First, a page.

Votes should be recounted: ACDP

By Drum Digital
10 May 2014

The ACDP says votes should be recounted because signatures are missing on result sheets.

The African Christian Democratic Party (ACDP) has lodged a complaint to IEC that could put a halt to todays much anticipated election result ceremony. The event which is predicted by party leaders to be a glitzy evening filled with champagne and celebratory cheer could be delayed if the IEC upholds the ACDP’s objection and do a recount.

ACDP’s IT manager, Brendon Govender, has identified some glitches in some of the result slips which are reviewed by IEC’s independent auditors. “We found that some of the slips that were uploaded on to the system returned with no signatures to verify  the votes,” he explains. Some slips he discovered had the same signatory appearing multiple times.

According to Govender, there should be various signatories to verify results for each polling station, with the resounding signature by the presiding officer.

Govender says he first became aware of this when results returned from Khayelihle Primary School in Vosloorus,  Johannesburg, which he considers to be one of their strong holds.

“Our president, Kenneth Meshoe, has a church in the area with a strong following,” he says.

He was surprised to discover that they had received 46 national votes from that voting station and zero for provincial. “It seems incredibly odd and almost impossible, in the past we did well in that area” he adds.

With the addition of missing signatures he wonders how that could have been overlooked by IEC’s independent auditors. “We consulted this issue with the EFF who had their own party agents at the venue. They discovered that we received a number of 52 votes,” he explains.

Govender futher explains that the stationary included in each election pack: ballot papers, a result sheet and a section 24 A form. “When the EFF consulted the presiding officer to query about the result sheet, it was discovered that it was not in the pack, and was found at later stage,” he says.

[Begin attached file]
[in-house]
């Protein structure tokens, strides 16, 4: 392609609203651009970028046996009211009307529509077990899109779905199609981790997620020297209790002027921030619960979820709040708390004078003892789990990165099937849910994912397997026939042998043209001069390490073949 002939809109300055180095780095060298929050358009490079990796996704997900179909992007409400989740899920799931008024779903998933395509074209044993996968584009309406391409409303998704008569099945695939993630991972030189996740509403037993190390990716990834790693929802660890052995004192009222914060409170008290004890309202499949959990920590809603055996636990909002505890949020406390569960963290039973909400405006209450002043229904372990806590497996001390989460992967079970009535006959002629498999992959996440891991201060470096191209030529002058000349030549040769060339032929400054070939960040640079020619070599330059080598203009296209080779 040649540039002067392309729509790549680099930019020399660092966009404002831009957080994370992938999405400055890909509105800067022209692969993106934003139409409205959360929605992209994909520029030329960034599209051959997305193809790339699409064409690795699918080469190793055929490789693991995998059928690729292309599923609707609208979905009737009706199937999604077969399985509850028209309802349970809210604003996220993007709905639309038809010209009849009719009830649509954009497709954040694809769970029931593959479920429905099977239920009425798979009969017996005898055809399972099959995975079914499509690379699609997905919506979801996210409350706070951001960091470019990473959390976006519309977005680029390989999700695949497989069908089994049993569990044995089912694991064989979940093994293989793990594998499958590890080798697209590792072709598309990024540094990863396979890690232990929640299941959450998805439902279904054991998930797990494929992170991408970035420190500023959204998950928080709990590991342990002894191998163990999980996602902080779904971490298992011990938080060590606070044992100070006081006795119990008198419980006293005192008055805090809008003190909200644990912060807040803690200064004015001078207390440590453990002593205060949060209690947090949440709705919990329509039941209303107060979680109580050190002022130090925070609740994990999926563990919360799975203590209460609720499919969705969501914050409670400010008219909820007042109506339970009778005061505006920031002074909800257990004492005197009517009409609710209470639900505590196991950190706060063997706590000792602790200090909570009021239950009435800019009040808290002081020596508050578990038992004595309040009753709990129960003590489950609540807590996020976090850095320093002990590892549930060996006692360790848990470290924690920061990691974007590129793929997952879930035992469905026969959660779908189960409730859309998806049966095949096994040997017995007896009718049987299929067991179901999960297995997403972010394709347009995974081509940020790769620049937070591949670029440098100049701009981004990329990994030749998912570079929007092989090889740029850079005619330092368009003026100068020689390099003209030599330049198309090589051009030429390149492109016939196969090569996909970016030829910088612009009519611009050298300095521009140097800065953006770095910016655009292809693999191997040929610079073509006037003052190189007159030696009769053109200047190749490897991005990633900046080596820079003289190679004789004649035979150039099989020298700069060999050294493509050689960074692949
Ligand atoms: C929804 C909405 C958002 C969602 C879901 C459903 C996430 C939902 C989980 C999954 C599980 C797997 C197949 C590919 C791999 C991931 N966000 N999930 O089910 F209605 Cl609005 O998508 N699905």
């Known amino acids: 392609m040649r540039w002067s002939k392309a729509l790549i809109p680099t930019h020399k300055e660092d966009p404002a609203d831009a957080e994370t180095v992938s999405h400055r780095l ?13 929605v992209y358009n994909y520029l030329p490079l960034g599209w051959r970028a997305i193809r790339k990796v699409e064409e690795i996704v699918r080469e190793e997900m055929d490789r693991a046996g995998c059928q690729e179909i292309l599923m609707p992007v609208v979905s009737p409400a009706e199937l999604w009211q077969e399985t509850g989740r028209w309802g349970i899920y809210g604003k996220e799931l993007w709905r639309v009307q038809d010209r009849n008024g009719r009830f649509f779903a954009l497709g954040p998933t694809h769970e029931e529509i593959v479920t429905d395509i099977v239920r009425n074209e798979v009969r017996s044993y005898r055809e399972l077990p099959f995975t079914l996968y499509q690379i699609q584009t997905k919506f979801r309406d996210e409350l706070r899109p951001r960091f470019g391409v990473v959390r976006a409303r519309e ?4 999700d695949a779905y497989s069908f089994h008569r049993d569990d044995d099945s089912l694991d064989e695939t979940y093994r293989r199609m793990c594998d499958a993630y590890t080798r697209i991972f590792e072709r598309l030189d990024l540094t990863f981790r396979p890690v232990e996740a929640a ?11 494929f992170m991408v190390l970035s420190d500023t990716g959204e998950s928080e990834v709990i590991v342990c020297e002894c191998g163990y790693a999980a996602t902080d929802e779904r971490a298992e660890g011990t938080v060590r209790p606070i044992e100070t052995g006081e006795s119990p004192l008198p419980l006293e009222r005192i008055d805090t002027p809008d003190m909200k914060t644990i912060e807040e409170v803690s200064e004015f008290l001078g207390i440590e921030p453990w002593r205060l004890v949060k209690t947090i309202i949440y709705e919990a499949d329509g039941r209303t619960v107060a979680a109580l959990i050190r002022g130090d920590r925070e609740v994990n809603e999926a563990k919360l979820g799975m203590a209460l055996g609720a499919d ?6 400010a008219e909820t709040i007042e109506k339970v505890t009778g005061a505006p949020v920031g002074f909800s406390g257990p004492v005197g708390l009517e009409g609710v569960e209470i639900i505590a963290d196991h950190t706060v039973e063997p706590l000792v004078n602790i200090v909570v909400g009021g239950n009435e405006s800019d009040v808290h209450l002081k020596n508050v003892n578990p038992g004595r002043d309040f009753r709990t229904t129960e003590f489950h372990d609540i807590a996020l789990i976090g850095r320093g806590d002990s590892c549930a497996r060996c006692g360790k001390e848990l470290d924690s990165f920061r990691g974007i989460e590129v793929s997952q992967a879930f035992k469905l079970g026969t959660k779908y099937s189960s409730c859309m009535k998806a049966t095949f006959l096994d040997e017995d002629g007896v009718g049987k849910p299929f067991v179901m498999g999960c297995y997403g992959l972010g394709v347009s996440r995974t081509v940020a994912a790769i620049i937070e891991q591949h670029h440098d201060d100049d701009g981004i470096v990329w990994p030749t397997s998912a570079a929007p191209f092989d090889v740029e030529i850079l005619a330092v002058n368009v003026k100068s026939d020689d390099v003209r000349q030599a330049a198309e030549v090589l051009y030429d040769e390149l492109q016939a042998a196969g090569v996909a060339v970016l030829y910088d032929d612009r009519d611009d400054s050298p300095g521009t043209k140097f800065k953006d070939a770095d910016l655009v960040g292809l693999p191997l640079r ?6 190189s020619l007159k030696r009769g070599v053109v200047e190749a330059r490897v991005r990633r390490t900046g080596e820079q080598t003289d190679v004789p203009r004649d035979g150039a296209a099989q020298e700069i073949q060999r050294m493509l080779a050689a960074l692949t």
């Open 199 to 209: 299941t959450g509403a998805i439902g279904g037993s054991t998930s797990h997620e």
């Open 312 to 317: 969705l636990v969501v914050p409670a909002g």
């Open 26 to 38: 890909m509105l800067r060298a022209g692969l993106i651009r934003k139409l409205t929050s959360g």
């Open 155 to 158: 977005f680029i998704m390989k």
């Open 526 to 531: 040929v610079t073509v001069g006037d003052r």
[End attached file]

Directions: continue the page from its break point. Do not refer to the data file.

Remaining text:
The ACDP has now lodged an objection with the IEC so that the results from the Gauteng province cannot be declared. “We believe that if the objection is upheld that a recount would be done,” says Govender.

Currently, the ACDP has one seat in the province. “There is good possibility that we might have lost it and we might no longer have a voice in the provincial legislature,” he adds.

In terms of section 55 of the elections act and regulation, objections material to the determination of final results must be launched within 24 hours after voting day. The IEC has an obligation to investigate the objection and decide whether to dismiss or uphold it.

IEC’s legal services say it is up to the commission to determine if the objection is substantial enough to delay the final results and constitute a recount.

With an objection to 52 votes, this might prove insignificant a number to postpone the process. However, any decision by the IEC can be objected and the matter could be appealed to the electoral court.

Govender says the number of votes is not the agenda, but an ethical one. “We are questioning the reputation of the auditors. It is only ethical to investigate the matter.”

- Ayanda Sitole

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